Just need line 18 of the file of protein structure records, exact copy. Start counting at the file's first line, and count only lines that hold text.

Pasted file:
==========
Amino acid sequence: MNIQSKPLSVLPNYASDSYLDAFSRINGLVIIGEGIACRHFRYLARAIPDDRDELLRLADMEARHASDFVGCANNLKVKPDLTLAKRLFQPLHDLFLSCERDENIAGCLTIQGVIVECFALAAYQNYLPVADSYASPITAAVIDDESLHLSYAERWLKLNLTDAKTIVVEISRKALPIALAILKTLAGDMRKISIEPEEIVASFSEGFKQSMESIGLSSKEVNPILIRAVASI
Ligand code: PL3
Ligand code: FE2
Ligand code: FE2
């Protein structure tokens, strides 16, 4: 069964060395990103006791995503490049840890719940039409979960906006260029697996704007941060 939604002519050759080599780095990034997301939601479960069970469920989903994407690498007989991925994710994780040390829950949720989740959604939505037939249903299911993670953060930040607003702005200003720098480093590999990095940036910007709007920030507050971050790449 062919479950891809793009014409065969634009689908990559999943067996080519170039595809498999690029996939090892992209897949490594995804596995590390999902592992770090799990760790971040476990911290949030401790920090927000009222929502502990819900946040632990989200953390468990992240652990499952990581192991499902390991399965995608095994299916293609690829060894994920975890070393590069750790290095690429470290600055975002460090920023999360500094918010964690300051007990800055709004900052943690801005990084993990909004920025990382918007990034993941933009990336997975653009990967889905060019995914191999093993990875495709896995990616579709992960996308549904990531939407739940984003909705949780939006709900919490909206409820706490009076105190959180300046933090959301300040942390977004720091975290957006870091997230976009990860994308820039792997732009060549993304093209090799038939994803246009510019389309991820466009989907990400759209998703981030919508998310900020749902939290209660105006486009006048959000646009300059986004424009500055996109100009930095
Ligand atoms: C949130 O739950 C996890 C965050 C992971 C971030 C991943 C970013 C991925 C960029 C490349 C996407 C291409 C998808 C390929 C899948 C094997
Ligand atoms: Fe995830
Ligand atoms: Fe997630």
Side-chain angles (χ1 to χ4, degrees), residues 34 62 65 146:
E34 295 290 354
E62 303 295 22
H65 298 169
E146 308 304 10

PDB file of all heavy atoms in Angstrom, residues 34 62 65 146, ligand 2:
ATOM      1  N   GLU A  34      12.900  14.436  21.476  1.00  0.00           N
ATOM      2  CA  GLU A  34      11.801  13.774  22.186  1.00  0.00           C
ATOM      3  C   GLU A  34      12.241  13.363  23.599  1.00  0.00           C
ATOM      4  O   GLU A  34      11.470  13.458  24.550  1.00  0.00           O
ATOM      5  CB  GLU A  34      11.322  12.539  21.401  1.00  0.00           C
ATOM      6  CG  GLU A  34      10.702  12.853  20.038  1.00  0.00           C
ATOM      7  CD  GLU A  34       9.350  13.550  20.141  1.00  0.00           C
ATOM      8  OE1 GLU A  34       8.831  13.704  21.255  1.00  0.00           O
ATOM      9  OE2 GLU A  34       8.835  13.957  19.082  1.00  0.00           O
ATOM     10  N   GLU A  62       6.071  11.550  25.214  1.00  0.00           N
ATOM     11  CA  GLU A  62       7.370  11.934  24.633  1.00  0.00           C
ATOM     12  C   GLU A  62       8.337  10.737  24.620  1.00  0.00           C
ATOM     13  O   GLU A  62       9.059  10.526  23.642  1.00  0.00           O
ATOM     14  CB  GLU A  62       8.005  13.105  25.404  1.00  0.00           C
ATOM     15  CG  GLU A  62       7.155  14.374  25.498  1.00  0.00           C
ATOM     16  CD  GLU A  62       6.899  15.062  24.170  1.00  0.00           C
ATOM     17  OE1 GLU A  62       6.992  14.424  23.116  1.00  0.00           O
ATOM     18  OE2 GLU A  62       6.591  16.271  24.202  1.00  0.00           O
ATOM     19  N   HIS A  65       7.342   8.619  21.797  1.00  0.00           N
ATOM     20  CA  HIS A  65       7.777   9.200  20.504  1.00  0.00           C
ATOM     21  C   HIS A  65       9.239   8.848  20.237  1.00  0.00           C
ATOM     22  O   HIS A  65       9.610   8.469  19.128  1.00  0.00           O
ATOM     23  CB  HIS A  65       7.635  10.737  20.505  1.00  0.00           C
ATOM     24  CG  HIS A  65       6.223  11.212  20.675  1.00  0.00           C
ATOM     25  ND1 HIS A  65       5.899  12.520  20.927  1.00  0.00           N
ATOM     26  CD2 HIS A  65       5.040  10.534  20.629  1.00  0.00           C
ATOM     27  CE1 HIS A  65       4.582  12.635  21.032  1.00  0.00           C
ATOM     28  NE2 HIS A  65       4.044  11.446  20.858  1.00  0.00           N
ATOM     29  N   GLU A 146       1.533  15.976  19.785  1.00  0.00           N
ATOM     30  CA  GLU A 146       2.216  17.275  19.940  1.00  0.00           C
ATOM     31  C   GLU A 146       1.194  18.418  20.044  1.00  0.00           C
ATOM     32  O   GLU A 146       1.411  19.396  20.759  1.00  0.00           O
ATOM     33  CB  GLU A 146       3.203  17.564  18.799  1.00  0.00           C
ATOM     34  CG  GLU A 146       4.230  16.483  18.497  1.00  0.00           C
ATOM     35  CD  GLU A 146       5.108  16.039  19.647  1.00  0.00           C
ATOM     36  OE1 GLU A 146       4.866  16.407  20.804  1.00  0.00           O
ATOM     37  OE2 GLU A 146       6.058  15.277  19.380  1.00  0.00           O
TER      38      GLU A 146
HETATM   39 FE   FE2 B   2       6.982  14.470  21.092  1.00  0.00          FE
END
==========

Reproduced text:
ATOM      4  O   GLU A  34      11.470  13.458  24.550  1.00  0.00           O